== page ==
Check out Lynda’s book, Wisdom of the Radish, and experiment with seasonal foods! It will help keep you nourished on these dark, cold days.

One of the fun things about being on an elimination diet has been trying different combinations of foods. I hadn’t realized how often I used the same groups of ingredients. Now I’m using new ones.

Hazelnut butter has been one of the particularly interesting finds. It adds a lovely creamy texture to soups and stir-fry’s. The taste is subtle, adding depth but not taking over.

Hazelnut butter can be hard to find. I looked in several stores before I found it. You could also add other nut butters. Peanut butter is a more common addition to foods, but you could also use almond, cashew or walnut butters. One nice thing about Hazelnut is that it blends in so easily.

This recipe is for a soup I made during phase 1 (the strictest phase) of my elimination diet. My foods were very limited, so I had to get creative about what I could use. Of course you could substitute for just about any ingredient.

The surprising thing about this soup is that Bill gave it an A+ – so don’t think that you have to eat poorly on an elimination diet!  I actually made it with leftover beef (since that was a phase 1 food for me and I had so few choices), but I think it would be even better with chicken or tofu.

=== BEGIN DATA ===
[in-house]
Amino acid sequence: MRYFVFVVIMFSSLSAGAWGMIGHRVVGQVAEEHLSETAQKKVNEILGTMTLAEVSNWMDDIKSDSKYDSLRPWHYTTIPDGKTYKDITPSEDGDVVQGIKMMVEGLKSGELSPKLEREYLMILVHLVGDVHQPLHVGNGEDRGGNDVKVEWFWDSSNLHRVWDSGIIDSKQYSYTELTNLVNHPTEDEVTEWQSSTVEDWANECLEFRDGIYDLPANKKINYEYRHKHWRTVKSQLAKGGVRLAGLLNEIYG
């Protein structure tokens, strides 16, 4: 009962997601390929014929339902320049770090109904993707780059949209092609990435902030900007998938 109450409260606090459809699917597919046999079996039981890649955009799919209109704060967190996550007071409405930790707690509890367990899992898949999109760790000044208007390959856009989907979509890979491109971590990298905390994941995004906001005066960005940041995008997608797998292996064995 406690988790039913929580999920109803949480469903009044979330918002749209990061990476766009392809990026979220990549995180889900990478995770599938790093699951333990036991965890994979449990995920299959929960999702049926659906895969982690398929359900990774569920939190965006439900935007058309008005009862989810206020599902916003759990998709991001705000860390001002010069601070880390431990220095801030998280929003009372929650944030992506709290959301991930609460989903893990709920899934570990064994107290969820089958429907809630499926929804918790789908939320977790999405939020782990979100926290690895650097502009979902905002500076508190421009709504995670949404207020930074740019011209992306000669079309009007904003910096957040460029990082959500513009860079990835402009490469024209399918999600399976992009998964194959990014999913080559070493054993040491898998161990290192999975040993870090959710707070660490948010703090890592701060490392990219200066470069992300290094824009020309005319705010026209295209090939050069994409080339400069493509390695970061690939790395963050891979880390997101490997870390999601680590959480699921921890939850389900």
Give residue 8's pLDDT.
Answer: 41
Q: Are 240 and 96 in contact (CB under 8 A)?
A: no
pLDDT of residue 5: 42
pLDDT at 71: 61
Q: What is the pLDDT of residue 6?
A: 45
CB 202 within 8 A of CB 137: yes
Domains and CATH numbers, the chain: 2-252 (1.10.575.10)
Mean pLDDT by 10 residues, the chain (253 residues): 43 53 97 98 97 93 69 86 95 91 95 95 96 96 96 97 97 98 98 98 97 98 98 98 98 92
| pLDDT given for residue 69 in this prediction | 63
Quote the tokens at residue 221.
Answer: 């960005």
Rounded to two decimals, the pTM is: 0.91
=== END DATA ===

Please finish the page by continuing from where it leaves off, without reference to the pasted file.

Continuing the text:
Hazelnut Chicken (or tofu) Soup

½ package buckwheat soba noodles (or other pasta)
2 onions thinly sliced
2 tablespoons sesame oil (or other oil)
1-2 tablespoon distilled white vinegar (or other vinegar)
2 tablespoons orange juice (or white wine or broth)
1 cup cubed, cooked, chicken (good for left-overs) – or firm tofu
4 roma tomatoes, chopped
1 small can (6 oz) tomato juice
2 cups water
½ tsp salt
¼ cup hazelnut butter (or other nut butter)
1 cup frozen peas (or other vegetables, I used sugar snap peas)

Start water boiling for pasta – and cook pasta while preparing the rest of the soup. It is okay if it is done slightly ahead of time. Slightly undercook it since it will be cooked a little more in the soup.

Sauté onion over low heat until starts to brown and stick. Add vinegar and continue to sauté. As onions are starting to get very soft, add tomatoes, chicken or tofu and OJ and stir occasionally for 5 more minutes.

Add tomato juice and water, and increase heat a little until simmering.  Add nut butter and salt; stir until well blended. 

Chop pasta a couple times to make more bite-size, and add to soup.
Add peas (or other vegetable) and continue cooking just until barely done.

Find more nutrition information, my Mindful Eating CD, and my monthly newsletter on my website:  http://healthyhabitscoach.com.  Eat well!

I’ve noticed that my clients that stay up late and sleep in tend to eat more and struggle more with developing healthy habits. Here is an article that explains why: People who go to bed late and sleep late eat more fast food and weigh more.

For the record, I haven’t noticed more fast food, just eating more.

As the article explaines “human circadian rhythms in sleep and metabolism are syncronized to the daily rotation of the earth, so that when the sun goes down you are supposed to be sleeping, not eating. When sleep and eating are not aligned with the body’s internal clock, it can lead to changes in appetite and metabolism, which could lead to weight gain.”